Fountain Pens a Brief defense of an anachronistic tool

Fountain pens, on the rare occasion they are seen or mentioned, are often viewed as either obsolete or snobbish. However, as one who has used fountain pens for the last three years I can say that for me the draw to a fountain pen is not about status, but rather it is about function. Fountain pens offer a smoothness of writing and a better presentation of script then a standard ballpoint or gel pen creating a better, sometimes enticing, experience for the writer. To get a brief understanding of the parts and operation of a fountain pen watch the short video below.

Because the ink flows when the end of the nib is in contact with the paper it is important to hold your pen so that the nib can do so.


Due to the process by which a fountain pen operates, creating a controlled flow of ink, the script comes out very smoothly that, with practice, gives a stunning presentation.

Achim, Fountain Pen Script, taken from:

This smoothness along with the choice of nib width gives an elegant and personal touch to letters and notes expressing to a recipient the time, effort and care put into such a personal note.


Though this point may be unnoticeable when dealing with a ballpoint or a gel pen it is truly noticeable when you experience the weight and balance of a good fountain pen. It is like wearing a weight for so long that it simple feels normal, but it is only once it is taken off that you notice the difference. Fountain pens are much like this only conversely it is the additional weight of a fountain pen that, when balanced across the length of the pen, give it a substantial feel and allows for an ease of movement when pivoted by the fingers. I can say from my own personal experience that there were times when I was drawn to write just because I wanted to feel the pen in my hand as I wrote.


The issue of conservation was not one that I had originally considered but it actually is a factor both monetarily and environmentally. I first realized the monetary aspect one day when I was considering the money I had spent on a pen. As I tried to justify my purchase I realized that it actually does make financial sense. Considering that when I am at school, the time I most need a pen, I can spend around four dollars at the book store on a pack of twelve pens. This is not that expensive, but when you factor in the inevitability of me losing those pens by the end of the semester that can add up. However, a cheap Pilot Metropolitan fountain pen, costing about fifteen dollars, can last for decades, and refill bottles can be found cheaply as well costing as little as six dollars. While this is cheap it is also expensive enough to make me mindful enough not to lose it.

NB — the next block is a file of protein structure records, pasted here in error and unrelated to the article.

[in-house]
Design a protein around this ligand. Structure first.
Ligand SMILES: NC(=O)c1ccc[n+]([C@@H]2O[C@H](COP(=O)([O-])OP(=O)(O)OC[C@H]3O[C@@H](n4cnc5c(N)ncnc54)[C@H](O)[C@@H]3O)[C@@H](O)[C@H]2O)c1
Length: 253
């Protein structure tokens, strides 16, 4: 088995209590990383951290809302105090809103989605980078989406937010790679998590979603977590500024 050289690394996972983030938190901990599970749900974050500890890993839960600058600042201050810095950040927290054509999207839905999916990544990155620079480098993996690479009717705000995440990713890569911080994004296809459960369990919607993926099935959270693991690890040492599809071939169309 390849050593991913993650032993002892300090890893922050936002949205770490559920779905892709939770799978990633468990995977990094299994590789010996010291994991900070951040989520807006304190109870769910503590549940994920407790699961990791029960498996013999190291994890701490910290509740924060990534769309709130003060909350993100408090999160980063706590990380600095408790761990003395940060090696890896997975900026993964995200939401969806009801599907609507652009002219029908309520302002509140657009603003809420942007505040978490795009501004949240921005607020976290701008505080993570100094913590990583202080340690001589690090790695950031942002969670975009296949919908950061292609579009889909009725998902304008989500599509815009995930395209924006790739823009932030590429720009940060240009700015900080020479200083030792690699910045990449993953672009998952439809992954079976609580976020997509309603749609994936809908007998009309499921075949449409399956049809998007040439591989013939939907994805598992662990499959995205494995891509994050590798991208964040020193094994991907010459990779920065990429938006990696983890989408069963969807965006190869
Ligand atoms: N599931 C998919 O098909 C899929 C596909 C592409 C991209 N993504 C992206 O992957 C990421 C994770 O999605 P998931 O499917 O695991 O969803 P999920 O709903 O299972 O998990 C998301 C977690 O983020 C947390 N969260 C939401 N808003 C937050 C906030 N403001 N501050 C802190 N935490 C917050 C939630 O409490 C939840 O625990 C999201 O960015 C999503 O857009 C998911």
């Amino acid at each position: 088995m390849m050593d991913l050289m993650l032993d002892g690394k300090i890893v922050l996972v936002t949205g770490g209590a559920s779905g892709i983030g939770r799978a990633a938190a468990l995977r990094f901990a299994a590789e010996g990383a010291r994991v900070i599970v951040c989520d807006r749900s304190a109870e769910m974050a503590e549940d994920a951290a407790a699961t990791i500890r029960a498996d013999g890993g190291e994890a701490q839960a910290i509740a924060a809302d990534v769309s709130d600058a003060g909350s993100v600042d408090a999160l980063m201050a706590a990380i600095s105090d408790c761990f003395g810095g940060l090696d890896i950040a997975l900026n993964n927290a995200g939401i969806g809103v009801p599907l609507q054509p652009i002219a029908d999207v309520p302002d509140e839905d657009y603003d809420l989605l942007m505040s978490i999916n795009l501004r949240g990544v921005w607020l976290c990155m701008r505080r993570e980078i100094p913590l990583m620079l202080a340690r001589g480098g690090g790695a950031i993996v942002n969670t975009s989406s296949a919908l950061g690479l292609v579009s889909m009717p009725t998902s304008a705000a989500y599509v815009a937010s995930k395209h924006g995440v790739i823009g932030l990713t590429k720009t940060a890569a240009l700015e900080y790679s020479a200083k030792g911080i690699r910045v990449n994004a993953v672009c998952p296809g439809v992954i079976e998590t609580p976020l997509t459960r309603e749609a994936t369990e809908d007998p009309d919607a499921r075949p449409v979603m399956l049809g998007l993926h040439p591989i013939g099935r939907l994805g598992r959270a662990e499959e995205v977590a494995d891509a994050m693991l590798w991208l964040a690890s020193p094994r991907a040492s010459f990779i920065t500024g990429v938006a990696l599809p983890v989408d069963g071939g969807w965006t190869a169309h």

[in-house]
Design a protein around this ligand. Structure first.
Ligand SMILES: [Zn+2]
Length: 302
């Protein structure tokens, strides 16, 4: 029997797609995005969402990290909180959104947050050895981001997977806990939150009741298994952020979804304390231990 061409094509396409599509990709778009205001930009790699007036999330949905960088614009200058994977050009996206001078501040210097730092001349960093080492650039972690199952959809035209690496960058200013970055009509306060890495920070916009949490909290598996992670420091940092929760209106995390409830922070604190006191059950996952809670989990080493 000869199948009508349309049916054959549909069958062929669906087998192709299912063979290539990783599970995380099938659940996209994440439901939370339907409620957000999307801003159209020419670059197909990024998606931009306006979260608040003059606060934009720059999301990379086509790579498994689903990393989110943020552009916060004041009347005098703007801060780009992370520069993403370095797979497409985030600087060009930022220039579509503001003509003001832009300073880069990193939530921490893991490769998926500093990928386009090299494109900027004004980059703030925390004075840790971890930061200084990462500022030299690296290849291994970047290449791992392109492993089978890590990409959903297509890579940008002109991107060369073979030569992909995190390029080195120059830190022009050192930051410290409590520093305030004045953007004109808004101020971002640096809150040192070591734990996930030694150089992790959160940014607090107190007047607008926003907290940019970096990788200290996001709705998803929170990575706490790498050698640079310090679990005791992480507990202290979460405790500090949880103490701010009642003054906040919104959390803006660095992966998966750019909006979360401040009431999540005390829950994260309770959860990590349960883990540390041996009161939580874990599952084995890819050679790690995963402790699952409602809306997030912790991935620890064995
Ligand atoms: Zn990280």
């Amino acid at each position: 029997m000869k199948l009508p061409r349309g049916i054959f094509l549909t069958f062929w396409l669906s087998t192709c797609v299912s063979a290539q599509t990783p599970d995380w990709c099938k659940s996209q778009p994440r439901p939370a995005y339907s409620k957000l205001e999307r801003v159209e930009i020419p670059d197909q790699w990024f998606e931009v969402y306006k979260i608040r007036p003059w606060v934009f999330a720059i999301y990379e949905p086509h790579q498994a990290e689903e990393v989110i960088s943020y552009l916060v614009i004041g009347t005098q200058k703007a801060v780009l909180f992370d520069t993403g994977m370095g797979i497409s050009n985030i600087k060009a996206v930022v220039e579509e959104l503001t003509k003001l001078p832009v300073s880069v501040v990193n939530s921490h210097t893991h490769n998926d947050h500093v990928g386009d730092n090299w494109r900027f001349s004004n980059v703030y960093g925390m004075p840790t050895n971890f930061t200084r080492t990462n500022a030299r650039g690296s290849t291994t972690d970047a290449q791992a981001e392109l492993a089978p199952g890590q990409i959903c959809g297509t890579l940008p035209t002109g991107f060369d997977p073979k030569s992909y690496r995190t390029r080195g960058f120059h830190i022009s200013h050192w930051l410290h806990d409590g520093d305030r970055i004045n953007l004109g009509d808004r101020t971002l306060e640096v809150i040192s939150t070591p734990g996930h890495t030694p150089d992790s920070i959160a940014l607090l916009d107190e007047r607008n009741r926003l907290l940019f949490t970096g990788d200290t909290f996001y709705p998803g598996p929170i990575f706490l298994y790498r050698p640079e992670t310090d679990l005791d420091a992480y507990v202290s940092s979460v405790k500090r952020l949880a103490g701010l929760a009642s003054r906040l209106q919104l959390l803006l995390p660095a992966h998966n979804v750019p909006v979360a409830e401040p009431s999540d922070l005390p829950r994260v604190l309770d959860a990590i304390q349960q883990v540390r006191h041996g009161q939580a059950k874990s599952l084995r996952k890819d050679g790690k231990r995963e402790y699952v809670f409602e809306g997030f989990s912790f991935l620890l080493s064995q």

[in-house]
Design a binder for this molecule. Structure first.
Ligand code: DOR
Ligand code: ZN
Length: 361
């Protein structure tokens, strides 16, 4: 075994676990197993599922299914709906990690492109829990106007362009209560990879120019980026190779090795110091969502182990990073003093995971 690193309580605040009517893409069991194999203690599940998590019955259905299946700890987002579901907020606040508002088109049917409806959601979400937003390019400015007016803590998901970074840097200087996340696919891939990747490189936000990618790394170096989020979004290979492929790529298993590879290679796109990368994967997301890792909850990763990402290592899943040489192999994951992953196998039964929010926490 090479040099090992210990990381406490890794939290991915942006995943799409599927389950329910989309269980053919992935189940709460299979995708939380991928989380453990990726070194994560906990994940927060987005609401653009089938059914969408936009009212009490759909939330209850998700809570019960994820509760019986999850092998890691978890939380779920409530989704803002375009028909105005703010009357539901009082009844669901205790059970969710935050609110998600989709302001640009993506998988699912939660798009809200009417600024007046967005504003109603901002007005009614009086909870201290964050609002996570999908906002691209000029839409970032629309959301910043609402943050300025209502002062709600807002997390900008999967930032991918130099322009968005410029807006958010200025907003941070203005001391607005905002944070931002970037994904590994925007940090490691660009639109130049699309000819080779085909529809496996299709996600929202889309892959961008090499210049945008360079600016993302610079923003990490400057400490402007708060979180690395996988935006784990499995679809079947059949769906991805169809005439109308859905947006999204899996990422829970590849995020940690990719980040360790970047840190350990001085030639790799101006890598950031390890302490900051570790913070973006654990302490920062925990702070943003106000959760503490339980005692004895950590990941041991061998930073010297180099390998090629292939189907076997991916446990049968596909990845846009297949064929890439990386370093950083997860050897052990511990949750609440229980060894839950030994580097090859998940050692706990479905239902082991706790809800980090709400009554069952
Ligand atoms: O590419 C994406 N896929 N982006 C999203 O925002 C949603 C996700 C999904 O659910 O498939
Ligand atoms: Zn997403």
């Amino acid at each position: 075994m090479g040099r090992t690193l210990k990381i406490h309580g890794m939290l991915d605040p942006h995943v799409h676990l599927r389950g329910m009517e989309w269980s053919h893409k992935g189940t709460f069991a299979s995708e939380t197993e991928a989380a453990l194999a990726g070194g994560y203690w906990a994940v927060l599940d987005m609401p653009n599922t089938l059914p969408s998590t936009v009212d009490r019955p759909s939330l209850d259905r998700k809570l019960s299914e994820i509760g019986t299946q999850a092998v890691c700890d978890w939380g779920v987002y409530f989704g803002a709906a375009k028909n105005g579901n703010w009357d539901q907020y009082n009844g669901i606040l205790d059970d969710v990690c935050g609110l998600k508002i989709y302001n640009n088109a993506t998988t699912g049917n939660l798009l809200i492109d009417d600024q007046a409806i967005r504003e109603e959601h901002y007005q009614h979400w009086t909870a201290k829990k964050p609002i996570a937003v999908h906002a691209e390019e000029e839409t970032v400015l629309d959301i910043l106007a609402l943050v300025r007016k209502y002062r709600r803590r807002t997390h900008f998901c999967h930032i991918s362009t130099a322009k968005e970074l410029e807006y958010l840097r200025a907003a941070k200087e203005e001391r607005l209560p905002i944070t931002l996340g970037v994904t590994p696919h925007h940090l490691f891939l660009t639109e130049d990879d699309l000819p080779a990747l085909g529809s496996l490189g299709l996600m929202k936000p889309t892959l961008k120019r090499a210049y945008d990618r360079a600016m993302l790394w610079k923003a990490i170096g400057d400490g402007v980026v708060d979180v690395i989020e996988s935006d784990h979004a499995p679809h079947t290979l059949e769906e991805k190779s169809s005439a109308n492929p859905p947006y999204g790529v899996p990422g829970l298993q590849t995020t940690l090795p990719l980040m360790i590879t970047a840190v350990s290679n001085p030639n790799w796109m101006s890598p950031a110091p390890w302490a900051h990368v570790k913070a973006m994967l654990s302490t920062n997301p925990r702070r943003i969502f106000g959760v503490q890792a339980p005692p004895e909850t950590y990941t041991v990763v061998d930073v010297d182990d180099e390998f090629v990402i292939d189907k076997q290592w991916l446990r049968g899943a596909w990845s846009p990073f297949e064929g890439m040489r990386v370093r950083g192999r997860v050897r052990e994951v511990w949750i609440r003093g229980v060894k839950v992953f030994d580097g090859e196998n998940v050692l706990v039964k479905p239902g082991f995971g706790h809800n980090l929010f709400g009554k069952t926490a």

While the monetary benefits may seem minuscule the environmental benefits are surprisingly significant. Given that other pens are titled as disposable they are a considerable factor in landfills. To put this into context, in 2005 Bic sold their 100 billionth disposable pen since they were founded in 1950; that averages to more than 57 pens every second. Also keep in mind that Bic is just one disposable pen manufacturer. With all of these factors in mind an investment in a refillable fountain pen is actually a contribution to environmental conservation cutting down on our waste.

Ray Van Eng Photography, Moment. Getty Images

Get a Fountain Pen

These reasons, to me make fountain pens very appealing and surprisingly relevant. So get a fountain pen! I suggest getting a starter pen that is cheap to give you a better feel for fountain pens. Find a pen that makes you appreciate feeling a pen on a page, one that feels good in your hand, that will last for years, and sure find one that has style.

Kolis, Fountain pens and notebook.

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